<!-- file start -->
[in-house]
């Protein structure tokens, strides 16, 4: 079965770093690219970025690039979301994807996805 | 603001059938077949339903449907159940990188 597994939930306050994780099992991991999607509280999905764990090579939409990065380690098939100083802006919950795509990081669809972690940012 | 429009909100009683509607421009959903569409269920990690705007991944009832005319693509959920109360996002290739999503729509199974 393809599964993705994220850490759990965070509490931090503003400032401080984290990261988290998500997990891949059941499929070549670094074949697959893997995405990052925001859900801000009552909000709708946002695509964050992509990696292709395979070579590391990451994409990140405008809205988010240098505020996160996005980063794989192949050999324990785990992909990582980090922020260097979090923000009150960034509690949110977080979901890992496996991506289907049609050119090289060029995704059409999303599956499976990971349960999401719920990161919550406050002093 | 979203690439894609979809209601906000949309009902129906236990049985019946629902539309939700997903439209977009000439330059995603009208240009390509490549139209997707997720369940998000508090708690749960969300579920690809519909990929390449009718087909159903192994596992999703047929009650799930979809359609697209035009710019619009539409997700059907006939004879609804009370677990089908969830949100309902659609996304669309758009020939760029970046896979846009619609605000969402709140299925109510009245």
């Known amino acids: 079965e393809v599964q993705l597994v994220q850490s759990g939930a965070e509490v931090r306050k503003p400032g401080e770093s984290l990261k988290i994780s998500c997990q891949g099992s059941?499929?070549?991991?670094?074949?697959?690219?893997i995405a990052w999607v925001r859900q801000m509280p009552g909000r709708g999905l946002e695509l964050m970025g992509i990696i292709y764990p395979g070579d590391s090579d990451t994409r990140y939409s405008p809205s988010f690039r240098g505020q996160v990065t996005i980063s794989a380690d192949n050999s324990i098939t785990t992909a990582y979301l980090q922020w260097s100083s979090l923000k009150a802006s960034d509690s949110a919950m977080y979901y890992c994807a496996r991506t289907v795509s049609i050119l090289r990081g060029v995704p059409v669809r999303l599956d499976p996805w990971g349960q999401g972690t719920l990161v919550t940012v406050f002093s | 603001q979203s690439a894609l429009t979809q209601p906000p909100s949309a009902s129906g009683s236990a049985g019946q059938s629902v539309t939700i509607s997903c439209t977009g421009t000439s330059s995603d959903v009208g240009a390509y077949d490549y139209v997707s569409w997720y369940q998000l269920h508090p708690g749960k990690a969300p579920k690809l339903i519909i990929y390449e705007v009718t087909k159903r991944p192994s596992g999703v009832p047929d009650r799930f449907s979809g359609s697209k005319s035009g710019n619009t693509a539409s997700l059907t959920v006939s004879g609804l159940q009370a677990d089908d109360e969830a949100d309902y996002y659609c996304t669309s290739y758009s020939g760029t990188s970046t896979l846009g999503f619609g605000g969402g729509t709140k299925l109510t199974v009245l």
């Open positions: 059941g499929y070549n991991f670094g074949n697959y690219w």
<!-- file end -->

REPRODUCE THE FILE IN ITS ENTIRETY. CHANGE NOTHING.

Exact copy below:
[in-house]
């Protein structure tokens, strides 16, 4: 079965770093690219970025690039979301994807996805 | 603001059938077949339903449907159940990188 597994939930306050994780099992991991999607509280999905764990090579939409990065380690098939100083802006919950795509990081669809972690940012 | 429009909100009683509607421009959903569409269920990690705007991944009832005319693509959920109360996002290739999503729509199974 393809599964993705994220850490759990965070509490931090503003400032401080984290990261988290998500997990891949059941499929070549670094074949697959893997995405990052925001859900801000009552909000709708946002695509964050992509990696292709395979070579590391990451994409990140405008809205988010240098505020996160996005980063794989192949050999324990785990992909990582980090922020260097979090923000009150960034509690949110977080979901890992496996991506289907049609050119090289060029995704059409999303599956499976990971349960999401719920990161919550406050002093 | 979203690439894609979809209601906000949309009902129906236990049985019946629902539309939700997903439209977009000439330059995603009208240009390509490549139209997707997720369940998000508090708690749960969300579920690809519909990929390449009718087909159903192994596992999703047929009650799930979809359609697209035009710019619009539409997700059907006939004879609804009370677990089908969830949100309902659609996304669309758009020939760029970046896979846009619609605000969402709140299925109510009245």
């Known amino acids: 079965e393809v599964q993705l597994v994220q850490s759990g939930a965070e509490v931090r306050k503003p400032g401080e770093s984290l990261k988290i994780s998500c997990q891949g099992s059941?499929?070549?991991?670094?074949?697959?690219?893997i995405a990052w999607v925001r859900q801000m509280p009552g909000r709708g999905l946002e695509l964050m970025g992509i990696i292709y764990p395979g070579d590391s090579d990451t994409r990140y939409s405008p809205s988010f690039r240098g505020q996160v990065t996005i980063s794989a380690d192949n050999s324990i098939t785990t992909a990582y979301l980090q922020w260097s100083s979090l923000k009150a802006s960034d509690s949110a919950m977080y979901y890992c994807a496996r991506t289907v795509s049609i050119l090289r990081g060029v995704p059409v669809r999303l599956d499976p996805w990971g349960q999401g972690t719920l990161v919550t940012v406050f002093s | 603001q979203s690439a894609l429009t979809q209601p906000p909100s949309a009902s129906g009683s236990a049985g019946q059938s629902v539309t939700i509607s997903c439209t977009g421009t000439s330059s995603d959903v009208g240009a390509y077949d490549y139209v997707s569409w997720y369940q998000l269920h508090p708690g749960k990690a969300p579920k690809l339903i519909i990929y390449e705007v009718t087909k159903r991944p192994s596992g999703v009832p047929d009650r799930f449907s979809g359609s697209k005319s035009g710019n619009t693509a539409s997700l059907t959920v006939s004879g609804l159940q009370a677990d089908d109360e969830a949100d309902y996002y659609c996304t669309s290739y758009s020939g760029t990188s970046t896979l846009g999503f619609g605000g969402g729509t709140k299925l109510t199974v009245l």
């Open positions: 059941g499929y070549n991991f670094g074949n697959y690219w």